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Reports of what at the time was the newly discovered coronavirus first started to appear in the news in January 2020. At around the same time, three ships tied up against the quay in the port of Cagliari, the largest town on the Italian Mediterranean island of Sardinia.
Their holds and decks contained crane materials and equipment from Dutch company Mammoet, specialist in engineered heavy lifting and logistics. They also had two of the very largest Liebherr crawler cranes on board. They had been sent to carry out extensive refurbishment work at a refinery. Just a few weeks later, the Italian authorities locked down large epicentres of coronavirus outbreaks in the country with many production sites being closed. For eight Mammoet employees in Sardinia, months of hardship began with a lot of work and no replacement. Substitutes were not allowed to travel to the island.
Eight highly motivated men can achieve a lot if they get some food and coffee.
Naturally, Simone Agostinetto, the Mammoet Site Project Manager, and his seven colleagues had no idea at the time that their professional visit to the island would ultimately last for the entire project period of over six months. But the very strict travel restrictions that were implemented quickly throughout Italy, including on Sardinia, meant that the crew of crane operators and personnel for the SPMTs (self propelled modular transporters) could be neither strengthened nor relieved. This meant that the small team from the heavy lift contractor was left completely on its own to tackle the impending job with their extensive, massive equipment during the shut-down of the petrochemical plant. In addition to a Liebherr LR 11350, the team also had one of the very largest Liebherr crawler cranes with them – an LR 13000.
To date, Liebherr has built six of these enormous cranes and delivered them to its customers. The first one, shown here in the photographs, was handed over to the Dutch company almost exactly ten years ago. Since then, the crane has been used in major projects all over the world. For example, it was in action in Dubai building the largest Ferris wheel in the world. Mammoet has been an important partner for us for decades and also designs and manufactures special large cranes itself with enormous dimensions for its own applications.
But let’s get back to the island. The two Liebherr crawler cranes were the ideal tools for the work required on the refinery site on Sardinia’s southern coast. Many of the plant components and even the large reactors and columns had to be moved to carry out the factory refurbishment. The largest load for the LR 13000 was a so-called FCC regenerator. The abbreviation FCC stands for “fluid catalytic cracking” which is a material conversion process in the crude oil-processing industry. To hoist this colossal component, the 3,000 tonne crawler crane had to be rigged for the gross load case of a massive 695.5 tonnes at an enormous radius of 65 metres, including a reasonable safety reserve. The manoeuvre with the regenerator on the hook was a massive challenge for the entire team, because it had to pass through extremely constricted areas. In some cases, there was less than one metre between the load and the plant.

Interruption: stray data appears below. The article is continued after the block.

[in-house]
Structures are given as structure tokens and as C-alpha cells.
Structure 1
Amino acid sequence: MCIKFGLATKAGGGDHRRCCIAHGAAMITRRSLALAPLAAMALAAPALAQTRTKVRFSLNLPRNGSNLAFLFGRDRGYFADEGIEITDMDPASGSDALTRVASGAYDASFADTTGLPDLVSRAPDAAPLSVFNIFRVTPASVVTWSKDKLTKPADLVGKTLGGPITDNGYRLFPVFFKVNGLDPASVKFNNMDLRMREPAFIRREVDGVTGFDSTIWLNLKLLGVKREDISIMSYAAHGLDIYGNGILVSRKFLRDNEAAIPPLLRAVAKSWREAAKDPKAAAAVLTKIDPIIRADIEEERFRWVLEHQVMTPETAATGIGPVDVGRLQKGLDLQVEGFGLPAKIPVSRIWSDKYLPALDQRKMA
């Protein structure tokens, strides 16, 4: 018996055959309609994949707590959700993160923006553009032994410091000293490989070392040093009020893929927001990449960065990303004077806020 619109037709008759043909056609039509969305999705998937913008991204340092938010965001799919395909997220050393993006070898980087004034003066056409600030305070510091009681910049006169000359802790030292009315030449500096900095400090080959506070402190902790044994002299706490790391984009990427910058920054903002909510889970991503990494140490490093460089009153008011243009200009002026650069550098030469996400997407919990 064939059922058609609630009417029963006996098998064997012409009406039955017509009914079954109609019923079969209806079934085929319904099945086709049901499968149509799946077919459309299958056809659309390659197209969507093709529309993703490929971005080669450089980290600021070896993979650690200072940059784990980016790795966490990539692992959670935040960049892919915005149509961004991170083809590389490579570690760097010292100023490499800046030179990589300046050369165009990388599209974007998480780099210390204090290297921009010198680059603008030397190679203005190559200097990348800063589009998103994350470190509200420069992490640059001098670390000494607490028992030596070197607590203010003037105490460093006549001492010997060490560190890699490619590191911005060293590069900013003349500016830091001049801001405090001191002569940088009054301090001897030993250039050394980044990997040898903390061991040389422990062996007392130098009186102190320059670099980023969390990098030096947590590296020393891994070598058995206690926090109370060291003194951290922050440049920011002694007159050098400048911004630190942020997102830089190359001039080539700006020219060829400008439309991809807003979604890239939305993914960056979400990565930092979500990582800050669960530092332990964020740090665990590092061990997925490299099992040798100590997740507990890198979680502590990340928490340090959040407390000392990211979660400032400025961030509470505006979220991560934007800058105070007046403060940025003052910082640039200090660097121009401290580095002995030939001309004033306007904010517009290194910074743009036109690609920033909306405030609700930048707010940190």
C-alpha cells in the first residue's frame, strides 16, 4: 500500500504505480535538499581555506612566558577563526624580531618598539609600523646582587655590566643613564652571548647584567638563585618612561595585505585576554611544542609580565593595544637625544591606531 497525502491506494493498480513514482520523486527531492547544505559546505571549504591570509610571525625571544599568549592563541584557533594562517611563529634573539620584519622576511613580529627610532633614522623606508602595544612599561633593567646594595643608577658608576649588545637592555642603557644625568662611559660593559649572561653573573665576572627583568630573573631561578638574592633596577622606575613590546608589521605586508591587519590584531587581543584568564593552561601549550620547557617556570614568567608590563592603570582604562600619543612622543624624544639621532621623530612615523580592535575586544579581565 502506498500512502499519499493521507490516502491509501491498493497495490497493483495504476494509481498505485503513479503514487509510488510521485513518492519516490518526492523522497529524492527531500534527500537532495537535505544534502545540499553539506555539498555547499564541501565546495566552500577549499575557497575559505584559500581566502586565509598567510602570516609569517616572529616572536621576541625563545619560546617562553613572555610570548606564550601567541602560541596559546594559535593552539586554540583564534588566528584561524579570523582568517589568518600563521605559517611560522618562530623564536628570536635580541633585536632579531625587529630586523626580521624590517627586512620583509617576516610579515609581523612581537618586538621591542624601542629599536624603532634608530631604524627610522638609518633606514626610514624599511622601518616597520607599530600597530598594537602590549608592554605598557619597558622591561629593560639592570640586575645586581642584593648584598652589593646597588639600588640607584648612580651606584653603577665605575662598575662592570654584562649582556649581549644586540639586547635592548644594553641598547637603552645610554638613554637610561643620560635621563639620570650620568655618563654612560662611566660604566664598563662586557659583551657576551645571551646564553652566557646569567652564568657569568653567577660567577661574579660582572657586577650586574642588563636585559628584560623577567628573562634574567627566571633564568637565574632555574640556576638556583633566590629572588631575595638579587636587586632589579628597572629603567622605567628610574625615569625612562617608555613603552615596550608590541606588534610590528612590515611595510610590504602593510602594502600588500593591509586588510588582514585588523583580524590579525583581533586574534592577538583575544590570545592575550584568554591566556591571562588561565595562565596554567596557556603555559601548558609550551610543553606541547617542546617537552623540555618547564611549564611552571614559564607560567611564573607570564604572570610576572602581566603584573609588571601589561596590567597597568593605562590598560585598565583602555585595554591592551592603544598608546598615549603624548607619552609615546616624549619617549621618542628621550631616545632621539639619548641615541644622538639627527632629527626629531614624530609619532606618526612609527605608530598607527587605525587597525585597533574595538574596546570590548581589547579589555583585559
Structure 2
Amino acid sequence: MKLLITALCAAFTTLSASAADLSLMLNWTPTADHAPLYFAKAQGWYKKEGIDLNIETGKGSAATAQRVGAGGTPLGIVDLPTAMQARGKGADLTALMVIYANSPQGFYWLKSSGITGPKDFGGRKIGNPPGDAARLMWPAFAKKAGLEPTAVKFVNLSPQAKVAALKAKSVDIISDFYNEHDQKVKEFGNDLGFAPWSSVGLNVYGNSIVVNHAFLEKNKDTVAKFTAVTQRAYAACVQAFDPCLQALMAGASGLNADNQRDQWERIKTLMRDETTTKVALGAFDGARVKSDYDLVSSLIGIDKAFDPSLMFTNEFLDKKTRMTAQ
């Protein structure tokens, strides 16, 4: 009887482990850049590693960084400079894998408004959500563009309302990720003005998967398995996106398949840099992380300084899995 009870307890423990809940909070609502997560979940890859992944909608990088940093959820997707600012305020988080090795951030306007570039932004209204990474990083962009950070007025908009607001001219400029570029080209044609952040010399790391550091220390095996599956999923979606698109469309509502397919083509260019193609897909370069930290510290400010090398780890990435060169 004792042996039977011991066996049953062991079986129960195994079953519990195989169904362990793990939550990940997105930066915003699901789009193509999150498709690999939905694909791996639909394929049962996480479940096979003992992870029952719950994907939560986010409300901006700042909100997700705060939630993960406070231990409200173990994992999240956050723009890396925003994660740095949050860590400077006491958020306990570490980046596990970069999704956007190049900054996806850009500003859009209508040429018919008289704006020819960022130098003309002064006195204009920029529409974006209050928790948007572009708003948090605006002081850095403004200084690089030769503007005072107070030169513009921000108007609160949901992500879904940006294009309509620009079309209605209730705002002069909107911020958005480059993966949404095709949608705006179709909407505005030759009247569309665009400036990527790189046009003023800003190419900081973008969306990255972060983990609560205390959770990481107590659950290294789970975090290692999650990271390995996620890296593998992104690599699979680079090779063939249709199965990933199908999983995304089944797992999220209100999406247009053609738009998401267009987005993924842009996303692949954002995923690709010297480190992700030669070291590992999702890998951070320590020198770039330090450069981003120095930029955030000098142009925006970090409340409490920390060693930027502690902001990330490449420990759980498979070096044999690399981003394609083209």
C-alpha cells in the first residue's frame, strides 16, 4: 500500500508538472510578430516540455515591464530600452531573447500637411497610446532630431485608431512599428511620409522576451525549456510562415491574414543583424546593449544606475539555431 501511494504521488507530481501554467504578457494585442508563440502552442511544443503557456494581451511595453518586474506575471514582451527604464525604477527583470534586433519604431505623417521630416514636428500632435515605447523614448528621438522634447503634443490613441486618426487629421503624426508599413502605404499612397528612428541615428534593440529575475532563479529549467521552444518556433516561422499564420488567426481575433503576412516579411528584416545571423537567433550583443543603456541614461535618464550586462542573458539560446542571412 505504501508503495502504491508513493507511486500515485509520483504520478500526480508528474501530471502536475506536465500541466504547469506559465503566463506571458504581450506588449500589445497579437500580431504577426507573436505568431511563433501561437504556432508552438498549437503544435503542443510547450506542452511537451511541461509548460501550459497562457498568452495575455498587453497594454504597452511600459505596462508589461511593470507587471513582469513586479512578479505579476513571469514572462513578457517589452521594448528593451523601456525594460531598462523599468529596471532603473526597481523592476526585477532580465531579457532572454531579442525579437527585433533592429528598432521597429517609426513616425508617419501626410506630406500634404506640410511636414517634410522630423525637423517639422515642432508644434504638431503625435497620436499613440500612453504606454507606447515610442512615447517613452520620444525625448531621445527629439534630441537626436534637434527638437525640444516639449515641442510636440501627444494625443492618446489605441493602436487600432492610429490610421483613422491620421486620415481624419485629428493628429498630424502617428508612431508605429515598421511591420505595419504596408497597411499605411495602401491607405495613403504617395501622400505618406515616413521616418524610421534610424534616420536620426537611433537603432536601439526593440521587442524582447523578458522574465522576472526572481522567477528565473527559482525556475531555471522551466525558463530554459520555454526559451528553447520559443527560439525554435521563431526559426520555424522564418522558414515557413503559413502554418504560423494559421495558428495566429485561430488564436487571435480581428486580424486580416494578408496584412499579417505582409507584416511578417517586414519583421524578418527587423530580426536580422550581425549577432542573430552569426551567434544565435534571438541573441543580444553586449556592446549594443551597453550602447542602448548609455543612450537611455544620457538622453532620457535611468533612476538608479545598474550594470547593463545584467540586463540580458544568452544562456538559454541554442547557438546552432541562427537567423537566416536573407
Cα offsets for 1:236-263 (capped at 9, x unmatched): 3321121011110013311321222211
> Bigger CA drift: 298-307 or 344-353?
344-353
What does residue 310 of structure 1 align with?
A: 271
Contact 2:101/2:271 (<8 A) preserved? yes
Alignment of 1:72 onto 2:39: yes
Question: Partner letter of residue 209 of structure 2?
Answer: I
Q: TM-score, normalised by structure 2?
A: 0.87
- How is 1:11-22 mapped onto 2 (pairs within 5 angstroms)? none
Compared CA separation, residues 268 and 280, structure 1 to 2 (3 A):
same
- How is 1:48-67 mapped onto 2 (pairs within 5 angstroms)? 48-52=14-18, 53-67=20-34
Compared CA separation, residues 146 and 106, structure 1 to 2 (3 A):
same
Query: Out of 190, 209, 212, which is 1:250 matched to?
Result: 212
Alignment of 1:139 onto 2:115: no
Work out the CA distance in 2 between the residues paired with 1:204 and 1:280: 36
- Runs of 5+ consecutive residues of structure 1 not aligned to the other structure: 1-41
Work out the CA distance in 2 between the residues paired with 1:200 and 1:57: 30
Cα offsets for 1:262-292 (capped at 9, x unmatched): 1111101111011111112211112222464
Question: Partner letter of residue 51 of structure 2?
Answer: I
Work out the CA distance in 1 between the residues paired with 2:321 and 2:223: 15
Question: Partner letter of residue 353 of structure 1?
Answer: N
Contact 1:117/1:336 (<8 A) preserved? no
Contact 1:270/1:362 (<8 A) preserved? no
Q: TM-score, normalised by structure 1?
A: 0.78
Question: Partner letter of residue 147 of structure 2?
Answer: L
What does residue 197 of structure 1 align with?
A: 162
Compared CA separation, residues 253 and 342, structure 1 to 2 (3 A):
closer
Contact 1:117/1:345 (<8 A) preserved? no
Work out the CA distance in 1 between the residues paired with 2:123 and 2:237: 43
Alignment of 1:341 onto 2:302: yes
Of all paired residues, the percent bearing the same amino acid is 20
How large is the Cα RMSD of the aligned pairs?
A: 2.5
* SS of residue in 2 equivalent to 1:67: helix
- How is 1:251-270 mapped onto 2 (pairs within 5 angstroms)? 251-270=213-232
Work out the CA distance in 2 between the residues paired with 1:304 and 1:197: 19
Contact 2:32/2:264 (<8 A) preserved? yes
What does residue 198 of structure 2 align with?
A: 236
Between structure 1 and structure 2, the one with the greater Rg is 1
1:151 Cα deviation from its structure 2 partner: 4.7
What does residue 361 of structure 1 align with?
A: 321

But it was not just the gigantic loads that posed a major challenge to the Mammoet team, but also the storage areas and movement areas for the cranes themselves within the extraordinarily constricted terrain surrounded by petrochemical systems. “It was for precisely these jobs that we equipped the LR 13000 with what are known as B0 table, a version of load charts for crane operations with suspended ballast”, says Jens Könneker, Product Manager for Crawler Cranes here in Ehingen. “The net weight of the derrick drawing cylinder which remains on the counter boom and the draw bars is taken into account, however. Even though they only amount to 50 tonnes, we can use them as counterweights.” This means that the crane can be used on constricted sites or for working with a small radius very flexibly without having to restack ballast.
The Mammoet team took full advantage of this set-up version on Sardinia. Simone Agostinetto: “The ballast pallet only had a few centimetres of space to the side. That meant we were forced to pick up the regenerator with such a short radius that the LR 13000 could initially handle the load without any suspended ballast. We then docked the suspended ballast into place when the crawler crane was in position to unload the component. It worked really well.”
In any event, Agostinetto and his team delivered fantastic work on Sardinia. In the summer, after spending six months in island quarantine, he and his crew were finally able to pack their bags. Mission accomplished! When asked how the eight-man team managed to complete such an enormous task with no reinforcements and no relief, Project Manager Agostinetto commented: “The team was very experienced and flexible.” And he continued: “Eight highly motivated men can achieve a lot if they get some food and coffee.”
This article was published in the UpLoad magazine 02 | 2022.